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Archive for February, 2017

It has become fashionable for many current generation cardiologists to stent the LAD   with proximal end  liberally extending into left main shaft  in Medina 0, 1, 0 or (1,1,1 )lesions involving distal left main often  jailing the LCX . This concept came into vogue as it helped bail  out few  hemo-dynamically  unstable patients with true left main bifurcation lesions during primary PCI .Of course , it’s potentially useful strategy in  emergency , if  extended into routine situations (like all stable proximal LAD/Bifurcation ) we are bound to create few problems.

the-only-thing-more-dangerous-than-ignorance-is-arrogance-quote-1

Rapidly protecting the left main with a long single stent down into LAD is an easy way out for tackling distal left main /LAD combined lesions.  Conceptually it asks you to forget the LCX outright.(Coronary outrage for some to call LCX as  a side branch of left main ! ).Of course, one can reconstruct the LCX  ostium by other means or a second stent if required.

Final message

Conquering  left main disease  with a long stent right from its origin or mid shaft to  LAD (Some times  from Aortic ostium ! ) may be an  interventional pride for the cardiologist. But , in no way it  imply we have crossed the  final frontier in LM disease.In fact,  putting a left main coil is the  easiest task among all  PCI since there is little expertise required to cross the lesion .Maintaining its patency   medium  long run and thus beating the CABG  is  true achievement  ! Achieving  an acute patency  of left main and wheeling out the patient live from cath lab can not  be reason for permanent rejoice ! One should realise his life is at the mercy of DAPT and its pharmakinetics which we know can be unpredictable !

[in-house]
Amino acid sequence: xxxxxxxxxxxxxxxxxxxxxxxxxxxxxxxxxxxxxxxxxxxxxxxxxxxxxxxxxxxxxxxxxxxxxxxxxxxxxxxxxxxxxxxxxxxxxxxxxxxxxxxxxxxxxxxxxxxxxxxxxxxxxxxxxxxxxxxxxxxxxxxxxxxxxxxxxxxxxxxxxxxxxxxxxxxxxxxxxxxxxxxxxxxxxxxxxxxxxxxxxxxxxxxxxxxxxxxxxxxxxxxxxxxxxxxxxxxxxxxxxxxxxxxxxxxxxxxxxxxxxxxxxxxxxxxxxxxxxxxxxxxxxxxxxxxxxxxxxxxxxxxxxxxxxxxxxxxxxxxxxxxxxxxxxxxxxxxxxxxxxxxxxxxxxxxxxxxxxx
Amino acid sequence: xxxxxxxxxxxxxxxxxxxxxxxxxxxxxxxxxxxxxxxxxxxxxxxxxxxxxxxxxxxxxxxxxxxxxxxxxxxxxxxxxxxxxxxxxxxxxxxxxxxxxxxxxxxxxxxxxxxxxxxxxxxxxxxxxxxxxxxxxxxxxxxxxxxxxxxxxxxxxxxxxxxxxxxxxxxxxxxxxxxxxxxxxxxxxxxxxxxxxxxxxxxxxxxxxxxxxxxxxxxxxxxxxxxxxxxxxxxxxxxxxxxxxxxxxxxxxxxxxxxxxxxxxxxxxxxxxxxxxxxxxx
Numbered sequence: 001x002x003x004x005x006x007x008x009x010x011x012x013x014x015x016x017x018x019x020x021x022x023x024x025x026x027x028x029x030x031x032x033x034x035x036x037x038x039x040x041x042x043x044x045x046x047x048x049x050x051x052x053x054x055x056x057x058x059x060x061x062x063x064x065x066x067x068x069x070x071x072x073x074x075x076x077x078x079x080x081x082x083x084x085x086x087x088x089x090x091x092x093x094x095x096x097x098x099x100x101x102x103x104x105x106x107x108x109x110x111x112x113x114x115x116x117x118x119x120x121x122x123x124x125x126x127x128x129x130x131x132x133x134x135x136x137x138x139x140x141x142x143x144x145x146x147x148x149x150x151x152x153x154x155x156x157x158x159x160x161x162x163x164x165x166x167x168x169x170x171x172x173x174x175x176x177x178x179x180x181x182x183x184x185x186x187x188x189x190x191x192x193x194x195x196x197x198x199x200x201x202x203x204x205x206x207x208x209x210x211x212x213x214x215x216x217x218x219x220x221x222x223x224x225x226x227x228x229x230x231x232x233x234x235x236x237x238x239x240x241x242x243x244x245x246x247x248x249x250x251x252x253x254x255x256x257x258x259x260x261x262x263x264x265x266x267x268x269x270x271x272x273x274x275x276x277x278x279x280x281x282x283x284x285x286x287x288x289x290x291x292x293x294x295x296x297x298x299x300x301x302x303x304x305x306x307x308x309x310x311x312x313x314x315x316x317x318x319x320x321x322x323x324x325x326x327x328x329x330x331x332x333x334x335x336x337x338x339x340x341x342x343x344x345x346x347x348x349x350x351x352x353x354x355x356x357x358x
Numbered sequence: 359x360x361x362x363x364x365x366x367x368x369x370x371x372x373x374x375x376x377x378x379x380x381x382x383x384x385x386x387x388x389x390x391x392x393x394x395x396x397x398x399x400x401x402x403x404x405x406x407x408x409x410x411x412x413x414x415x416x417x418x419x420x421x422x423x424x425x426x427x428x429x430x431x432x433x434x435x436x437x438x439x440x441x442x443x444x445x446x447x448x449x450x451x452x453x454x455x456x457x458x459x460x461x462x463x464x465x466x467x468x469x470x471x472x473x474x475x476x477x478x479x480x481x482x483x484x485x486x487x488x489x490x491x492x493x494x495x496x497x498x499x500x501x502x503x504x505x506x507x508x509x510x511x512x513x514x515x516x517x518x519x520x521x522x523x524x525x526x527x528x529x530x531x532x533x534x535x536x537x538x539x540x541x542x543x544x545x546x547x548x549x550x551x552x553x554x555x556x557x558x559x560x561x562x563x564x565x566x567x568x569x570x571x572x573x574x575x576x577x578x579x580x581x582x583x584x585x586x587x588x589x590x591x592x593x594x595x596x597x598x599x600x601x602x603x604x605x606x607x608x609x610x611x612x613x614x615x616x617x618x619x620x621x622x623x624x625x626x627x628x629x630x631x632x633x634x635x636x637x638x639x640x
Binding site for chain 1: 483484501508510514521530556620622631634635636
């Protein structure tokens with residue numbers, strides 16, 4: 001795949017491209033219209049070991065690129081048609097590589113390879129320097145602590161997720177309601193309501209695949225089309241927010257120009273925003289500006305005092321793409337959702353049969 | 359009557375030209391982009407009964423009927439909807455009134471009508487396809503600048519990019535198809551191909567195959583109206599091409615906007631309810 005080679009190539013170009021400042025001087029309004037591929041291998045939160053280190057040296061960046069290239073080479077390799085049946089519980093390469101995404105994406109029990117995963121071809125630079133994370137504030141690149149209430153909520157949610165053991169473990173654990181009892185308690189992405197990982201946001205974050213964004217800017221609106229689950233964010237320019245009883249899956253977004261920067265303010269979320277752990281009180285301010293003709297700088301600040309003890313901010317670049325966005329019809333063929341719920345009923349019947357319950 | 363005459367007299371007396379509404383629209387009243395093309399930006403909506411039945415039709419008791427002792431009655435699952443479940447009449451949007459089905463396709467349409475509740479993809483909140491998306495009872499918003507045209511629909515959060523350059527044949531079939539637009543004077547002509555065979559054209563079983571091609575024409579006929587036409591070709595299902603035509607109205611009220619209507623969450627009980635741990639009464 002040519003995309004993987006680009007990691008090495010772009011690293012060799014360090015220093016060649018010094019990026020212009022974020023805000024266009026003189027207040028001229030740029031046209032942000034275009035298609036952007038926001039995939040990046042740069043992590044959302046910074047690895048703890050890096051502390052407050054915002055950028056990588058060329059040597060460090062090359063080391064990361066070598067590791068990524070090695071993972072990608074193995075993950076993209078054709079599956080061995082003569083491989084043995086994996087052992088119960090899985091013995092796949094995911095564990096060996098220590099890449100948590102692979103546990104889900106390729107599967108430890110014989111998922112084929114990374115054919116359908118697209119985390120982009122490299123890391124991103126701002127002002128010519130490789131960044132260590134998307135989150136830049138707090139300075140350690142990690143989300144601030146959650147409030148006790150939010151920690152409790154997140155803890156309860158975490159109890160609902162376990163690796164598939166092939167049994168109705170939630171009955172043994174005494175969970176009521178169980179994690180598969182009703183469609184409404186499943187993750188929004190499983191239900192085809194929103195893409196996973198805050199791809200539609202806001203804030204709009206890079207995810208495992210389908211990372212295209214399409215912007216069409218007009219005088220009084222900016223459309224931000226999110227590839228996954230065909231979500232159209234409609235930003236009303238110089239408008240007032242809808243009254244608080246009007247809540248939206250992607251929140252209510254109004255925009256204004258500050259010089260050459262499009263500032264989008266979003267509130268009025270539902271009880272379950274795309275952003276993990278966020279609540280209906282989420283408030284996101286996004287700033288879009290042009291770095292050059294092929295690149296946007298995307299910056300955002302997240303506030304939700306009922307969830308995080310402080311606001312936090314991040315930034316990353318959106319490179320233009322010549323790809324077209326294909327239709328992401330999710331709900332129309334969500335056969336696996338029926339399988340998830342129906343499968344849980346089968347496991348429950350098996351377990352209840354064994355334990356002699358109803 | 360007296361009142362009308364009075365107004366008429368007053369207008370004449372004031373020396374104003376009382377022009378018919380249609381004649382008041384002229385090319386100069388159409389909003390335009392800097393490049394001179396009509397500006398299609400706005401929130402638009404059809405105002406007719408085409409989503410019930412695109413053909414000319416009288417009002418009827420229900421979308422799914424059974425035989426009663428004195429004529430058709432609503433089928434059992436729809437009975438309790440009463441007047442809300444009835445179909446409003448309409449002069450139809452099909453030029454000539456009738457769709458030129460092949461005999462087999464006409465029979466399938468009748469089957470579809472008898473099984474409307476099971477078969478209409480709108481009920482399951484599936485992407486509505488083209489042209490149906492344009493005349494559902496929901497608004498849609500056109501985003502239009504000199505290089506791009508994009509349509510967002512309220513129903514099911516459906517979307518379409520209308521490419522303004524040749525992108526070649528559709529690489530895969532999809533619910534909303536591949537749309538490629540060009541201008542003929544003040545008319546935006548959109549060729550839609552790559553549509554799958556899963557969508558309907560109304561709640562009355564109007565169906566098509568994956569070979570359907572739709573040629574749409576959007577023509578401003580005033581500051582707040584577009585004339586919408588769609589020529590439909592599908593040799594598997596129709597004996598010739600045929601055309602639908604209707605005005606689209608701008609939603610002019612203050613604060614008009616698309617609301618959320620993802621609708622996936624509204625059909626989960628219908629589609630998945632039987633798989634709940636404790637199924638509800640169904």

“Protecting the patient is more important than a protecting left main” 

Just because a technique is easy to accomplish it doesn’t confer the right to misuse it .The argument “my patient” is doing fine with this type of stenting  is not an appropriate way of justification.

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PCI and coronary stents are revolutionary concepts  but they may not be  great life saving devices  . . . though the collective cardiology wisdom may seem to suggest so !

stents-india

The ideal way to describe a stent could be “Its a metal coil , if inserted properly in certain population of severely obstructive forms coronary artery disease may save some lives in acute situations  or give relief to pain in non acute situations”

*While the true benefits for the patient population is unsure . . . it’s absolutely certain stents  confer highest  quality of life to the  manufacturers and their chain of associates including the Noble professionals !

sir-william-osler

I wonder , what would be his comment about ubiquitous stents that rule the current era !

Learnt cardiologist’s  will know the true life saving potential of these stents (In the way its been currently used ) Their conscience will also tell how Inappropriate and Indiscriminate usage of stents has possibly consumed more human lives that may even beat the number of lives saved .(Oh, Its wild, rude statement  friend!)

I sincerely believe the move by Government of India to control the stent price ( to enable all our countrymen to get it)  . . . as if  “stents are the only staple diet” for heart patients is ill-founded and dangerous .

What the Government may not be aware of  is  . . .This 45000 crore omnipresent stent  industry is playing havoc in the life of patients not only financially  but also biologically to harm their blood vessels.

It is near foolish to tackle the scourge of human beings -Atherosclerosis,   a diffuse medical disease with a lesion specific intervention .This is especially true when we want to tackle it in population based approach . Yes, some super rich and elite  get sophisticated stents thinking that they are privileged .Please understand  rich tend to suffer more  with technology. Often times non affordability is also a bliss for the poor .(Rubbish ,won’t agree  . . . Is it , will realise later !)

Who will tell this to our  policy makers ?

Never ape the private sector health care , states must have different priorities.There are Infinite number of studies that  very clearly reveal medical management and life style modification is the sure and successful way to tackle CAD.(I think I need not dwell into this as evidence is explicit .)